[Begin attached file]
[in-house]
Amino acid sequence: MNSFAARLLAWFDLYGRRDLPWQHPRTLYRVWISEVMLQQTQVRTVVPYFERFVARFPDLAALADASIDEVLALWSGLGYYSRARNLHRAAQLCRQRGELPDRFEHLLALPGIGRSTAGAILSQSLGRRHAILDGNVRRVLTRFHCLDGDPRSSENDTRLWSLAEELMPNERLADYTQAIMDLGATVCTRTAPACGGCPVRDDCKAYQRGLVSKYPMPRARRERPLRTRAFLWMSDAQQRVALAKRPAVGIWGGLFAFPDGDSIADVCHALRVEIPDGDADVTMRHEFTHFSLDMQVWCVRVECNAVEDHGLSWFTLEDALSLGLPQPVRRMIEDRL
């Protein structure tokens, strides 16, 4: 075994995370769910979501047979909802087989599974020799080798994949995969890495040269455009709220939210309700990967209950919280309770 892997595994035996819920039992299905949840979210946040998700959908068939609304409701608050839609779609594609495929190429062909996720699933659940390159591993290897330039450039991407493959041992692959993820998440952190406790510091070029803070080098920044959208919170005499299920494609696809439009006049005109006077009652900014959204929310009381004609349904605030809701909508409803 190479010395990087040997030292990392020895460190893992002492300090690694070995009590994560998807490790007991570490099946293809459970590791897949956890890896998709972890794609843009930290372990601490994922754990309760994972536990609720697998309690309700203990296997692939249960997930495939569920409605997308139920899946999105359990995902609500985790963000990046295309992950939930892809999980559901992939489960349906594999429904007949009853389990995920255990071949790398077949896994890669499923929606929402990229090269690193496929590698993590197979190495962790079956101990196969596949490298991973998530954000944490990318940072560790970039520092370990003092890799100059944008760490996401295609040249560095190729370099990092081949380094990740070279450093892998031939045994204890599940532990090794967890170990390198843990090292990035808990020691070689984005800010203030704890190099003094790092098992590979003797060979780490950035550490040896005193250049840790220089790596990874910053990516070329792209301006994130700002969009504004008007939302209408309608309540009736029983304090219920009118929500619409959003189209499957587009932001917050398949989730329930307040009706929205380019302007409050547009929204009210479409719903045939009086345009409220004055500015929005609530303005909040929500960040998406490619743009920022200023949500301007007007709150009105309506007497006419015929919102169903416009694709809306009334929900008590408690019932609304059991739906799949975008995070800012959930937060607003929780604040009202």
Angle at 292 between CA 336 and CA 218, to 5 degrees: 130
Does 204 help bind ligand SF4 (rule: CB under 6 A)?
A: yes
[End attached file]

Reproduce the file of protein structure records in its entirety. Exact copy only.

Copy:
[in-house]
Amino acid sequence: MNSFAARLLAWFDLYGRRDLPWQHPRTLYRVWISEVMLQQTQVRTVVPYFERFVARFPDLAALADASIDEVLALWSGLGYYSRARNLHRAAQLCRQRGELPDRFEHLLALPGIGRSTAGAILSQSLGRRHAILDGNVRRVLTRFHCLDGDPRSSENDTRLWSLAEELMPNERLADYTQAIMDLGATVCTRTAPACGGCPVRDDCKAYQRGLVSKYPMPRARRERPLRTRAFLWMSDAQQRVALAKRPAVGIWGGLFAFPDGDSIADVCHALRVEIPDGDADVTMRHEFTHFSLDMQVWCVRVECNAVEDHGLSWFTLEDALSLGLPQPVRRMIEDRL
């Protein structure tokens, strides 16, 4: 075994995370769910979501047979909802087989599974020799080798994949995969890495040269455009709220939210309700990967209950919280309770 892997595994035996819920039992299905949840979210946040998700959908068939609304409701608050839609779609594609495929190429062909996720699933659940390159591993290897330039450039991407493959041992692959993820998440952190406790510091070029803070080098920044959208919170005499299920494609696809439009006049005109006077009652900014959204929310009381004609349904605030809701909508409803 190479010395990087040997030292990392020895460190893992002492300090690694070995009590994560998807490790007991570490099946293809459970590791897949956890890896998709972890794609843009930290372990601490994922754990309760994972536990609720697998309690309700203990296997692939249960997930495939569920409605997308139920899946999105359990995902609500985790963000990046295309992950939930892809999980559901992939489960349906594999429904007949009853389990995920255990071949790398077949896994890669499923929606929402990229090269690193496929590698993590197979190495962790079956101990196969596949490298991973998530954000944490990318940072560790970039520092370990003092890799100059944008760490996401295609040249560095190729370099990092081949380094990740070279450093892998031939045994204890599940532990090794967890170990390198843990090292990035808990020691070689984005800010203030704890190099003094790092098992590979003797060979780490950035550490040896005193250049840790220089790596990874910053990516070329792209301006994130700002969009504004008007939302209408309608309540009736029983304090219920009118929500619409959003189209499957587009932001917050398949989730329930307040009706929205380019302007409050547009929204009210479409719903045939009086345009409220004055500015929005609530303005909040929500960040998406490619743009920022200023949500301007007007709150009105309506007497006419015929919102169903416009694709809306009334929900008590408690019932609304059991739906799949975008995070800012959930937060607003929780604040009202």
Angle at 292 between CA 336 and CA 218, to 5 degrees: 130
Does 204 help bind ligand SF4 (rule: CB under 6 A)?
A: yes